Together with Andy Warhol, Gerhard Richter is one of the most important artists to work in the gap between painting and photography. In the 1960s, both made paintings of photographs, including tabloid tragedies and newspaper images of murder victims, fallen terrorists, and luxury goods. Painting’s terminal inability to communicate authentic feeling in a media-saturated culture, and its loss of a spiritual, sacred "aura" were expressed by both artists through depicting the photograph’s endless reproducibility and deadpan effects. Gerhard Richter emigrated from East to West Germany in 1961, and matured artistically in the schism between a Marxist-inflected distrust of consumer culture and painting’s rarified means and an imported American-style Abstract Expressionism taught in art school. Since then, he has perhaps more than any other visual artist embodied Samuel Beckett’s declaration, "I can’t go on, I’ll go on". Through a variety of aesthetic endgames such as the painting of photographs or ghostly landscapes and abstractions that echo extinct romantic traditions, Richter portrays both the crisis of representation summed up in the Frankfurt School dictum that "there can be no lyric poetry after Auschwitz" and his desire to transcend ideology through the work. This recent work by Richter is a photograph of a painting he made after one of his early photographs.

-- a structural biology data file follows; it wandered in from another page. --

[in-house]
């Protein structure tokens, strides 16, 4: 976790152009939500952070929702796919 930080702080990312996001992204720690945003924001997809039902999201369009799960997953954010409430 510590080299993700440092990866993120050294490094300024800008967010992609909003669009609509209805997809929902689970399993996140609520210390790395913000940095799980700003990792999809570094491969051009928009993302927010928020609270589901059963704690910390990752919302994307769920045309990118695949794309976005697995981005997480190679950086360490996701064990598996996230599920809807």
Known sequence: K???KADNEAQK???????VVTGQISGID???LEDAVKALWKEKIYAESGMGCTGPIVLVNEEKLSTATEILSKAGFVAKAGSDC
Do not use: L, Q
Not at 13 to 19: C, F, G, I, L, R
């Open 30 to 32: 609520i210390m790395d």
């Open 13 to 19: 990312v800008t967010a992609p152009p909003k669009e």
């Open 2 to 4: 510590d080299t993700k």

Inscription: Signed in ink on mount, verso: "Richter"